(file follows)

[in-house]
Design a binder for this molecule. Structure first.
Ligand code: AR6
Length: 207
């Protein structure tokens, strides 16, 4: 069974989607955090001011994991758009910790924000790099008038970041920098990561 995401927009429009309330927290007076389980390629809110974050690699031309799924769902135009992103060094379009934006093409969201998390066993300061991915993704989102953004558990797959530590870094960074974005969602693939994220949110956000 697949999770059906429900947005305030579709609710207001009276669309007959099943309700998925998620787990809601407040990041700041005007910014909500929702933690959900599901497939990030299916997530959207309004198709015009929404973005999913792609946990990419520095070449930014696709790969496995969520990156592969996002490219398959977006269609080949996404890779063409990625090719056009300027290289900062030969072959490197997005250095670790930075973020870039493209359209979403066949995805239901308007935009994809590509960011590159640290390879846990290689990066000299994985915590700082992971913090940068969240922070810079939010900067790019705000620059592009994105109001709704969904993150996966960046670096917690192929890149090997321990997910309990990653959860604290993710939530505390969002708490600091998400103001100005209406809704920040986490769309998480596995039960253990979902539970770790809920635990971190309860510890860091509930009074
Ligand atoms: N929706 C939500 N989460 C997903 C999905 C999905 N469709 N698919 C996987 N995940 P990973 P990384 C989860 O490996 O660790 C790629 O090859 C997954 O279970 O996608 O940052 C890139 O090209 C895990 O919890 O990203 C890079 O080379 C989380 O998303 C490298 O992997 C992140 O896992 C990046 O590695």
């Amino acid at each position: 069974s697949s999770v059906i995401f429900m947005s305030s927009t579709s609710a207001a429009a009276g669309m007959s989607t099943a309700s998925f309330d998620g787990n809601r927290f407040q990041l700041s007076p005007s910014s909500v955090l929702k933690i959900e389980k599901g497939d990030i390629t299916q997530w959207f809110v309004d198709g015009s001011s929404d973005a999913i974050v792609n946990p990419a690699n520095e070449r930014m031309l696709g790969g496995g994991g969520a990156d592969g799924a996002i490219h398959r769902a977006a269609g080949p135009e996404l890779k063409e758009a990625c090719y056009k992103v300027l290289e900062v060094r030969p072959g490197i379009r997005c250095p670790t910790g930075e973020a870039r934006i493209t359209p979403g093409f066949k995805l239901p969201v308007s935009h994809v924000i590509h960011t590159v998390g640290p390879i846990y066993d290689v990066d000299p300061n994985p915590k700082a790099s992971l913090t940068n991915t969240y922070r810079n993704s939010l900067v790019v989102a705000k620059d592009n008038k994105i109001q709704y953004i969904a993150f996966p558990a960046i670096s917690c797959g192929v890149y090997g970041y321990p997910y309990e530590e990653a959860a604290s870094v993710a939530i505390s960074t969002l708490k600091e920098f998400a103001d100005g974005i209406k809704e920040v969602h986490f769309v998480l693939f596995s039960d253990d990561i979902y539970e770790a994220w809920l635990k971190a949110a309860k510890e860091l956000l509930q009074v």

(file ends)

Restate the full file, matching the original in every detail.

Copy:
[in-house]
Design a binder for this molecule. Structure first.
Ligand code: AR6
Length: 207
């Protein structure tokens, strides 16, 4: 069974989607955090001011994991758009910790924000790099008038970041920098990561 995401927009429009309330927290007076389980390629809110974050690699031309799924769902135009992103060094379009934006093409969201998390066993300061991915993704989102953004558990797959530590870094960074974005969602693939994220949110956000 697949999770059906429900947005305030579709609710207001009276669309007959099943309700998925998620787990809601407040990041700041005007910014909500929702933690959900599901497939990030299916997530959207309004198709015009929404973005999913792609946990990419520095070449930014696709790969496995969520990156592969996002490219398959977006269609080949996404890779063409990625090719056009300027290289900062030969072959490197997005250095670790930075973020870039493209359209979403066949995805239901308007935009994809590509960011590159640290390879846990290689990066000299994985915590700082992971913090940068969240922070810079939010900067790019705000620059592009994105109001709704969904993150996966960046670096917690192929890149090997321990997910309990990653959860604290993710939530505390969002708490600091998400103001100005209406809704920040986490769309998480596995039960253990979902539970770790809920635990971190309860510890860091509930009074
Ligand atoms: N929706 C939500 N989460 C997903 C999905 C999905 N469709 N698919 C996987 N995940 P990973 P990384 C989860 O490996 O660790 C790629 O090859 C997954 O279970 O996608 O940052 C890139 O090209 C895990 O919890 O990203 C890079 O080379 C989380 O998303 C490298 O992997 C992140 O896992 C990046 O590695």
């Amino acid at each position: 069974s697949s999770v059906i995401f429900m947005s305030s927009t579709s609710a207001a429009a009276g669309m007959s989607t099943a309700s998925f309330d998620g787990n809601r927290f407040q990041l700041s007076p005007s910014s909500v955090l929702k933690i959900e389980k599901g497939d990030i390629t299916q997530w959207f809110v309004d198709g015009s001011s929404d973005a999913i974050v792609n946990p990419a690699n520095e070449r930014m031309l696709g790969g496995g994991g969520a990156d592969g799924a996002i490219h398959r769902a977006a269609g080949p135009e996404l890779k063409e758009a990625c090719y056009k992103v300027l290289e900062v060094r030969p072959g490197i379009r997005c250095p670790t910790g930075e973020a870039r934006i493209t359209p979403g093409f066949k995805l239901p969201v308007s935009h994809v924000i590509h960011t590159v998390g640290p390879i846990y066993d290689v990066d000299p300061n994985p915590k700082a790099s992971l913090t940068n991915t969240y922070r810079n993704s939010l900067v790019v989102a705000k620059d592009n008038k994105i109001q709704y953004i969904a993150f996966p558990a960046i670096s917690c797959g192929v890149y090997g970041y321990p997910y309990e530590e990653a959860a604290s870094v993710a939530i505390s960074t969002l708490k600091e920098f998400a103001d100005g974005i209406k809704e920040v969602h986490f769309v998480l693939f596995s039960d253990d990561i979902y539970e770790a994220w809920l635990k971190a949110a309860k510890e860091l956000l509930q009074v």